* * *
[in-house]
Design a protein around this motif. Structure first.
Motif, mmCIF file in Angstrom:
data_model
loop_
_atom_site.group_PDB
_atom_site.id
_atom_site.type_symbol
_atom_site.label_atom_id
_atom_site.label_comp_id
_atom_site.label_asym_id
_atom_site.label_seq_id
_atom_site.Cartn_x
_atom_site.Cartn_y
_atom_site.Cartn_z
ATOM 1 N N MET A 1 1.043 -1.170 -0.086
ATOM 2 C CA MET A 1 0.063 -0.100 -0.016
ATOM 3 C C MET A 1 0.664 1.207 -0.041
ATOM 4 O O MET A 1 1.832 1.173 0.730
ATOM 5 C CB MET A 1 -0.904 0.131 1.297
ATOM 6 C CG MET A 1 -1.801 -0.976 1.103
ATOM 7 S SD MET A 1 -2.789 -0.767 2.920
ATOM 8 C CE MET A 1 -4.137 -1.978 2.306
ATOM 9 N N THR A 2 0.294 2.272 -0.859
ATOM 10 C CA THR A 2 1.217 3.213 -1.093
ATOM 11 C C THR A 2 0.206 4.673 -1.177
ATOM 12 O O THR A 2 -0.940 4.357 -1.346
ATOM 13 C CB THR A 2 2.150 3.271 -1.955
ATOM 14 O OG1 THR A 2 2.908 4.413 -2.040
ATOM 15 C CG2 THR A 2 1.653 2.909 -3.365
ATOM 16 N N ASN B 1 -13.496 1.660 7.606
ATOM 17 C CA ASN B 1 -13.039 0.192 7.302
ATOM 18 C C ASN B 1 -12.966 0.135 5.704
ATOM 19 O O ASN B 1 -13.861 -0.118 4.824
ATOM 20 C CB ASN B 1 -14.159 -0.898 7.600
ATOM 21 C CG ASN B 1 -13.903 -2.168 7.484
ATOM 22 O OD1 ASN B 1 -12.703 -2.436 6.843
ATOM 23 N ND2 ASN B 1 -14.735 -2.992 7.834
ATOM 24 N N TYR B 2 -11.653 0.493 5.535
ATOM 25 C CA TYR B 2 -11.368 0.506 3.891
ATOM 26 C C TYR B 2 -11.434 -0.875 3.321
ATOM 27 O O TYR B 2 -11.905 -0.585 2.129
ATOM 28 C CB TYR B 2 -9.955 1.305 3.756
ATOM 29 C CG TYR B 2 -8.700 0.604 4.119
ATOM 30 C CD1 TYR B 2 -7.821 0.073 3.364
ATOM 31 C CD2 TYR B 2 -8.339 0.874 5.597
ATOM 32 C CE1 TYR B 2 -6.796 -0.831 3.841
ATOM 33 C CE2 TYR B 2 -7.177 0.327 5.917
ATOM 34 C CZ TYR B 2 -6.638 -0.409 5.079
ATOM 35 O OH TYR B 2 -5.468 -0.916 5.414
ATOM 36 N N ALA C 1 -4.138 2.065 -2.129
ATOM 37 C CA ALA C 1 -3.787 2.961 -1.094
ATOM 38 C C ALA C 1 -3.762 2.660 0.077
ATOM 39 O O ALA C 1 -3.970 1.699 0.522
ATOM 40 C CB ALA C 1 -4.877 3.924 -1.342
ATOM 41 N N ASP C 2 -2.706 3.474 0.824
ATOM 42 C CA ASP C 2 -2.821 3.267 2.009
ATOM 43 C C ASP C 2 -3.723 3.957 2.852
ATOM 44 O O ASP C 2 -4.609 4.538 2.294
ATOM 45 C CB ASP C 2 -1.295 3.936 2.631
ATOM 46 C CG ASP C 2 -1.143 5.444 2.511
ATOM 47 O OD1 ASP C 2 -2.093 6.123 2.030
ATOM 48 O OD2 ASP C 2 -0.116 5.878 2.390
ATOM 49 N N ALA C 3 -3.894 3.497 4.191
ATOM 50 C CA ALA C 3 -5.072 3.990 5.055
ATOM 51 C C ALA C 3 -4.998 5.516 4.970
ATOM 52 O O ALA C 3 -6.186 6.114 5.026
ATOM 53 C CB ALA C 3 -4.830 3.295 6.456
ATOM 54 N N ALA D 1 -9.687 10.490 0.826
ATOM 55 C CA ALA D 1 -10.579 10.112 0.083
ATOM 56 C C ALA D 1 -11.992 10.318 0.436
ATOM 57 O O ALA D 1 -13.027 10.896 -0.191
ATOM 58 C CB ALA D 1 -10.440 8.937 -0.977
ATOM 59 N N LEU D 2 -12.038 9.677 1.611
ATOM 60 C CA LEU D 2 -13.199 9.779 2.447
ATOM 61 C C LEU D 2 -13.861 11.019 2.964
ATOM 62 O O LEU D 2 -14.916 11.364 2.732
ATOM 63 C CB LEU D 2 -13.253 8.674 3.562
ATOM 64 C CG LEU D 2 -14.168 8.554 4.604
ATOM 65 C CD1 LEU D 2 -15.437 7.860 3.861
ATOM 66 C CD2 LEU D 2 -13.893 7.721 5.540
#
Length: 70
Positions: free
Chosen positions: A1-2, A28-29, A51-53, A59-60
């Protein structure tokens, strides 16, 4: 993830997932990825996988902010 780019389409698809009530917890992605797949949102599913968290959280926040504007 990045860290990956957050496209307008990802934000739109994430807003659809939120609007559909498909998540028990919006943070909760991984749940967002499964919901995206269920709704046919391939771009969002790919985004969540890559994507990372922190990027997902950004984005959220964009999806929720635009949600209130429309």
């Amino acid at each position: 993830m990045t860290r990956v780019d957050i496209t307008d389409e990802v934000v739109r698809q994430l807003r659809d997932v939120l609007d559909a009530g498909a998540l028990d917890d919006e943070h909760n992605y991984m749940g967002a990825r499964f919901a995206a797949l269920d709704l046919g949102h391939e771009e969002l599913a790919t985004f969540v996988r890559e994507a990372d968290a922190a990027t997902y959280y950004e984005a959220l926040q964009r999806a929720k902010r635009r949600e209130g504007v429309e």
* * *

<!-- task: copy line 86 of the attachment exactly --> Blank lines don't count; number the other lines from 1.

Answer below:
């Protein structure tokens, strides 16, 4: 993830997932990825996988902010 780019389409698809009530917890992605797949949102599913968290959280926040504007 990045860290990956957050496209307008990802934000739109994430807003659809939120609007559909498909998540028990919006943070909760991984749940967002499964919901995206269920709704046919391939771009969002790919985004969540890559994507990372922190990027997902950004984005959220964009999806929720635009949600209130429309």